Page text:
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Posts tagged “#RideWithACE

California’s Great America won’t become a “lost park”

California’s Great America has been a fixture of the City of Santa Clara and for that matter the entirety of Northern California since late 1975.  But a recent story by SanJoseInside.com pointed to several sources inside Santa Clara City Hall, that said they don’t expect the park to be around for much longer.

Now, I know something about “Lost Parks” and this story doesn’t feel like the pattern that those parks have followed.

Specifically, the story claims that Mayor Jamie Matthews, along with Councilwoman Lisa Gillmor oversaw a presentation by the Irvine Company (who have ties to the 49ers) that showed the Great America site replaced by an office complex and high density housing (condos).

I reached out to Mayor Matthews, who told me he, “…did not recall any such presentation,” and added that his preference, “…would be to see the park stay. I was there opening day.”

Repeated calls to Councilwoman Gillmor were not returned.

So why are we even entertaining this idea that the park land is being sold off?

Well, when the City of Santa Clara bought the park and land from Marriott’s back in the 1980’s, it was to stop the hotel chain from building – you guessed it – an office park. Santa Clara purchased the park via it’s redevelopment agency and wrote into the city’s master plan that the land was to be used for an amusement park/ The park would be owned by the city but assets (I.E. rides and improvements) would be owned and operated by an established amusement park operator.

Fast forward to the 2000’s, and California’s legislature effectively raids redevelopment agencies coffers to pay down the defect – and eventually disbands them, forcing them to sell off all their assets. The land under Great America, along with the golf course and convention center in Santa Clara are part of the redevelopment agencies’ assets.

Indeed, the park does sit in the middle of a real estate buying boom (where the average household rent is in excess of $2300 for a one bedroom apartment). Commercial real estate is just as in-demand.

However, several sources tell Great American Thrills an entirely different story. They say that Cedar Fair is indeed, committed to keeping Great America around for the long haul, citing the length of the current lease – which was recently extended to 2074 – a recent re-zoning application, which will allow for newer attractions and several clauses in the lease itself that give the park the upper hand.

Here’s the full statement from the corporate office in Sandusky, OH:

“We believe that Great America has compelling potential for future development as an amusement park and entertainment venue.  Consistent with our long-term vision for Great America we have filed a rezoning application with the City of Santa Clara that would allow for the addition of new attractions, shows and events that will enhance the guest experience.  In light of the fact that our ground lease runs through 2074 we have the necessary control of the property to pursue our long-term vision.  In addition, we have also created enough financial flexibility to exercise our right of first refusal for the purchase of the property and that option will be considered as the land sale process moves forward.”

So what does this all mean? To me, it says the park isn’t going anywhere. Cedar Fair has already spent too much to NOT buy the park land for themselves – and breaking a lease with over half a century still left on it will be tied up in court for years.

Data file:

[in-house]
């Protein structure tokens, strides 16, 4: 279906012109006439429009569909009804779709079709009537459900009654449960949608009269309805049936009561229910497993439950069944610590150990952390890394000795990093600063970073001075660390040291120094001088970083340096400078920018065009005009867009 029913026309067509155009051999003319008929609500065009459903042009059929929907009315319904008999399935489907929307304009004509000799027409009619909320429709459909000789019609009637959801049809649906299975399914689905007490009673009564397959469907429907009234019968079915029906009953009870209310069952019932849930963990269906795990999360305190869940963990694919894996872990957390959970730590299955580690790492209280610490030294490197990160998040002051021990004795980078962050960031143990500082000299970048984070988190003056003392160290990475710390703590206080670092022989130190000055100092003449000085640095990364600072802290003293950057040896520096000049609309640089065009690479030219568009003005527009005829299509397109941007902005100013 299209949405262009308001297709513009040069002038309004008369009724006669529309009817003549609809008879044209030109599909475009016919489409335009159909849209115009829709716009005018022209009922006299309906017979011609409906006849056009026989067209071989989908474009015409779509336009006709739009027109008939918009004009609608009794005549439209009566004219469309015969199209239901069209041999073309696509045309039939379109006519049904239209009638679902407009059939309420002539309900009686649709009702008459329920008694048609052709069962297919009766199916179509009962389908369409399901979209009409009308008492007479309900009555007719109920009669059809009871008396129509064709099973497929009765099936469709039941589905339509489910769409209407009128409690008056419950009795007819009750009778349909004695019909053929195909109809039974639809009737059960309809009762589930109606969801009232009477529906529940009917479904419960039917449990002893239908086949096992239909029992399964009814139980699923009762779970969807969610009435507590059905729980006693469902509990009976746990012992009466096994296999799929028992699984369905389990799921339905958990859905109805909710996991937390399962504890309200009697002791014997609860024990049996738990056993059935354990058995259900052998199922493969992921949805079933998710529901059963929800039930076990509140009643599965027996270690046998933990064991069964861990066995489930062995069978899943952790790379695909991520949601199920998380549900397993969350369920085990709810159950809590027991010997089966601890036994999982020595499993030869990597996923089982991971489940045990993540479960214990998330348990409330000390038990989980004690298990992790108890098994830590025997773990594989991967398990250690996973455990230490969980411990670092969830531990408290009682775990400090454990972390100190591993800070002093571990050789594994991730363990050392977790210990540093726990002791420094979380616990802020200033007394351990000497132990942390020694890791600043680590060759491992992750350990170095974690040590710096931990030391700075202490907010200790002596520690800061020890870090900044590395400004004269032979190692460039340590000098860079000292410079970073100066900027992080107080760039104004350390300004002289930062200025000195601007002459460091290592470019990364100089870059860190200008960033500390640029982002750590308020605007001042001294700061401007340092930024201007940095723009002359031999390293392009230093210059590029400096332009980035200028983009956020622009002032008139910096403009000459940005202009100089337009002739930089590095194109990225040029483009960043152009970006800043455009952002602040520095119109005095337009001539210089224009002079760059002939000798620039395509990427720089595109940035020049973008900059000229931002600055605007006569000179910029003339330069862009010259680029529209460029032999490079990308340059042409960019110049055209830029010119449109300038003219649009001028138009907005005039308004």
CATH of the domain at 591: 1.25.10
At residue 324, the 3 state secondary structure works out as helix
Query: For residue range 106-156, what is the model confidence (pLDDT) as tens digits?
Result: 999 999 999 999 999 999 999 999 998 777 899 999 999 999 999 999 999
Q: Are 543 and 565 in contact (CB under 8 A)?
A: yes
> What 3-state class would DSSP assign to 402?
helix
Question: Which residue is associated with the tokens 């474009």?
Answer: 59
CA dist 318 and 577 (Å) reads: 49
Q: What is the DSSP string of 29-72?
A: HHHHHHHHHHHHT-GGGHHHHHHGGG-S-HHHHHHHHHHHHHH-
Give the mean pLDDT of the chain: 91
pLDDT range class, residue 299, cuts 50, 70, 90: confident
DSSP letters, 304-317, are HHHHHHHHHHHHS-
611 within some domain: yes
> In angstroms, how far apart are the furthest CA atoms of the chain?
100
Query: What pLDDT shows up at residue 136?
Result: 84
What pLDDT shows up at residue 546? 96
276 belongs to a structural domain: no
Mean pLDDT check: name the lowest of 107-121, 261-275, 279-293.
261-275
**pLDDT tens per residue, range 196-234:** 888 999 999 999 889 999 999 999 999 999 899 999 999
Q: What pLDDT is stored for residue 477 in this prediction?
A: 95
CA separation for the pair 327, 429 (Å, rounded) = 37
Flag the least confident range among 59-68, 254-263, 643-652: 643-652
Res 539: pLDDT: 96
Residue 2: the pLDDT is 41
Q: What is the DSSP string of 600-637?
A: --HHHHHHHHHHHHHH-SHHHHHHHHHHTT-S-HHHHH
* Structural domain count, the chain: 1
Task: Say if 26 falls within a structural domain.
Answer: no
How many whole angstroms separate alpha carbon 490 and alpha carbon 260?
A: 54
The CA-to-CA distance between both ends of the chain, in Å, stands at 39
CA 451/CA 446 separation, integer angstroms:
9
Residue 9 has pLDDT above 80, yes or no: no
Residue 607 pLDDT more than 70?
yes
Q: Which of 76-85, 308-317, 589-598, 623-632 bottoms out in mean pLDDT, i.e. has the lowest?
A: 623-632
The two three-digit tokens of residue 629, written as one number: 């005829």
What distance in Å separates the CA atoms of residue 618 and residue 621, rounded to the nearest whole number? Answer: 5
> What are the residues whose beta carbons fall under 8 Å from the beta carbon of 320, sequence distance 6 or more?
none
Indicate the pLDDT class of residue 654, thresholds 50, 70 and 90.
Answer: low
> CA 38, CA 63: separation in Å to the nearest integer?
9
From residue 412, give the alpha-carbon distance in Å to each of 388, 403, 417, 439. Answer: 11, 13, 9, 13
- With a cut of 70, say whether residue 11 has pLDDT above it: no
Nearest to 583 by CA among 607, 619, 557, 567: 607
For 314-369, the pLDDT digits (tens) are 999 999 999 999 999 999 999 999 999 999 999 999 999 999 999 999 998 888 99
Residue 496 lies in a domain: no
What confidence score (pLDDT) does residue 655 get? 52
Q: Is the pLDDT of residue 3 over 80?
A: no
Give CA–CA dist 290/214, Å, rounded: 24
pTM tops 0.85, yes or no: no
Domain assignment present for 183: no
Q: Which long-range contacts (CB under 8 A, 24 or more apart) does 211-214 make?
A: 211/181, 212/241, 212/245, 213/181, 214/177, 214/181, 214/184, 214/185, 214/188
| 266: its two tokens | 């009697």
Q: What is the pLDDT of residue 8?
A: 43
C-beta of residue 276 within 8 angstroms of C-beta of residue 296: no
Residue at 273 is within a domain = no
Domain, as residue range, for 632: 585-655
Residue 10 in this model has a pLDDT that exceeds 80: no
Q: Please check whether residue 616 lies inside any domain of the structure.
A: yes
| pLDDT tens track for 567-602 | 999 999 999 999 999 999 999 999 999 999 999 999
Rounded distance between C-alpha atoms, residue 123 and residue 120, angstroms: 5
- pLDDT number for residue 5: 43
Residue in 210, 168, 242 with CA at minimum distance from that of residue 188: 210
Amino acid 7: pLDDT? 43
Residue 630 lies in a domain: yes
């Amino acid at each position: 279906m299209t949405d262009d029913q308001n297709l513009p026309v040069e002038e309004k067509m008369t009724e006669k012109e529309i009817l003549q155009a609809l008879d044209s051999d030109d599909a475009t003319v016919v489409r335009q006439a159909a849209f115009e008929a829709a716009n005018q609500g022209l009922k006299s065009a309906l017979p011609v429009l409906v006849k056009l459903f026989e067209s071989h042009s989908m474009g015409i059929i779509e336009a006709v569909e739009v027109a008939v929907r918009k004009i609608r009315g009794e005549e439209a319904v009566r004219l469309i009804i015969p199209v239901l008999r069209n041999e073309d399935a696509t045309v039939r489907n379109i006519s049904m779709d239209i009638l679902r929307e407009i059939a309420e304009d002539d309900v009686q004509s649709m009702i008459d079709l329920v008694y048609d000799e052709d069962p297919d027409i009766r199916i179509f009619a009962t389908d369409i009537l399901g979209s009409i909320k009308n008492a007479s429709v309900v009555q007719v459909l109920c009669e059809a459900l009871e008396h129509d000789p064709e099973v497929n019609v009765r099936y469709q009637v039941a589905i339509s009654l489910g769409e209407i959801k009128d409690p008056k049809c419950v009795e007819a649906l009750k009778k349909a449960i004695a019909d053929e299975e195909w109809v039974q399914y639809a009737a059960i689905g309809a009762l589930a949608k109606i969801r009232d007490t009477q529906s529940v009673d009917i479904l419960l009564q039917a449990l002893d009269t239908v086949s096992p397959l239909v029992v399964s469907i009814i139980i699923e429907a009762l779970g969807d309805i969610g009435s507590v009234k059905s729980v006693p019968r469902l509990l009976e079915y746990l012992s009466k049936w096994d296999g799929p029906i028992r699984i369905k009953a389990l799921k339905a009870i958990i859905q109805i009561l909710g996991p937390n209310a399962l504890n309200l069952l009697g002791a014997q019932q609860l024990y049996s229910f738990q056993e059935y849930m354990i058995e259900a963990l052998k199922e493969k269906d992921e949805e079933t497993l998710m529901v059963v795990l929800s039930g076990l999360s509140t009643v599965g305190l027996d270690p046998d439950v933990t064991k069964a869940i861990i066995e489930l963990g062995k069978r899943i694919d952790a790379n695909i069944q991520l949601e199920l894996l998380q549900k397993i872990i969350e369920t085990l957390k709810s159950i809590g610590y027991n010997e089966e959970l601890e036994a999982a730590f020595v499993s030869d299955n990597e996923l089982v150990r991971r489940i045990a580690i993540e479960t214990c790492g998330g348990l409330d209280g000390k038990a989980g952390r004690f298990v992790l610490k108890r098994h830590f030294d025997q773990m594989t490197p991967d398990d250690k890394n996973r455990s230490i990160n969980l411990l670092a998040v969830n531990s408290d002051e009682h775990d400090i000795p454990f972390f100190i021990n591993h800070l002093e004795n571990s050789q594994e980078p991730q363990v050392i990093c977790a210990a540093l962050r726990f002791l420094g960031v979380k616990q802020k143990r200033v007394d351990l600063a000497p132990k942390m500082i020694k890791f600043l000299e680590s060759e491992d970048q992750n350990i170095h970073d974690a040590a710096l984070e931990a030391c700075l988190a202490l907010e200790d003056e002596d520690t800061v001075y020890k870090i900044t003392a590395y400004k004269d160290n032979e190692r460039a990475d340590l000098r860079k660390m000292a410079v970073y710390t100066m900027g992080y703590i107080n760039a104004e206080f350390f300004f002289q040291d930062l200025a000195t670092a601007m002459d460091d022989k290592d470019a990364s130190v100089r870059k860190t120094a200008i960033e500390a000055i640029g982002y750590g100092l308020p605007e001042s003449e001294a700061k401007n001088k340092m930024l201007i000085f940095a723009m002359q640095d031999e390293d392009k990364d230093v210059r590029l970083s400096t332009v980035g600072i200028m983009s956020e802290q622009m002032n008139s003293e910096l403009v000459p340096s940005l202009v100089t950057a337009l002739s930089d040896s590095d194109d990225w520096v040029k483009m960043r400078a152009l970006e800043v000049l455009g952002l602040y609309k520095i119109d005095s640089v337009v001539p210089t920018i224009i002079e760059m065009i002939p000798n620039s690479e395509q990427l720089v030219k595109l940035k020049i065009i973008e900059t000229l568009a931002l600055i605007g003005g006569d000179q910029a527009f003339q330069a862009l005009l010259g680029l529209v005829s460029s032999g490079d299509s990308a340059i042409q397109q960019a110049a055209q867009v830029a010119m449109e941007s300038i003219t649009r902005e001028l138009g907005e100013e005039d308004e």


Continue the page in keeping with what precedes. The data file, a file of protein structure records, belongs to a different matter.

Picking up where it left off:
This isn’t the Kinzel-era, anymore. His obsession with garbage cans is not the top priority anymore. It’s claimed that current CEO Matt Ouimet (who comes form Disney) said after touring Great America for the first time, that it was, “…a diamond in the rough,” and, “Why did we treat this park so badly?”

Yes, the park hasn’t received that monster attraction in recent years – but neither has several other parks in the Cedar Fair chain. The investments that have come in the past few years over the LONG TERM are going to keep the park in far healthier shape fiscally than any one coaster would. And the key words there are “long term.”

Now, if the park DOESN’T buy the land underneigh it – that’s something to watch for. There’s still the lease to break AND the master plan, which would need a vote by the residents of Santa Clara in order to change…

To sum it up: Don’t write off Great America just yet – keep enjoying it.


The Seven Days of Arrow Development – Day 7

All this week, we’re been posting a new graphic, both here and on all our social media channels, that features a milestone moment in Arrow’s history.

Today’s post is of Ron Toomer, Arrow’s first engineer and the man behind some of the most iconic steel coasters ever built. While the company may be best remembered for their rides – remember that without the people behind them, they would have most certainly never have existed.

Day Seven of Arrow

Be sure to LIKE, COMMENT or SHARE with the amusement park fans in your life – and don’t forget that “The Legacy of Arrow Development” premieres THIS SATURDAY at the Montgomery Theater in San Jose. Tickets are still available here: bit.ly/ArrowTixSJ

See you there tomorrow evening!


The Seven Days of Arrow Development – Day 6

All this week, we’re been posting a new graphic, both here and on all our social media channels, that features a milestone moment in Arrow’s history.

Today’s post is of X at Six Flags Magic Mountain – the world’s first 4th Dimension coaster and the last coaster Arrow ever built.Day Six of Arrow

Be sure to LIKE, COMMENT or SHARE with the amusement park fans in your life – and don’t forget that “The Legacy of Arrow Development” premieres THIS SATURDAY at the Montgomery Theater in San Jose. Tickets are still available here: bit.ly/ArrowTixSJ

See you there on Saturday!


The Seven Days of Arrow Development – Day 5

All this week, we’re going to post a new graphic, both here and on all our social media channels, that features a milestone moment in Arrow Development’s history.

Today’s post is of Magnum XL-200, the world’s first hypercoaster (200+ feet) and a throwback to the out and back wooden coasters of the 1920’s. It’s also considered by many as the moment the “coaster wars” officially began.

Day Five of Arrow

Be sure to LIKE, COMMENT or SHARE with the amusement park fans in your life – and don’t forget that “The Legacy of Arrow Development” premieres THIS SATURDAY at the Montgomery Theater in San Jose. Tickets are still available here: bit.ly/ArrowTixSJ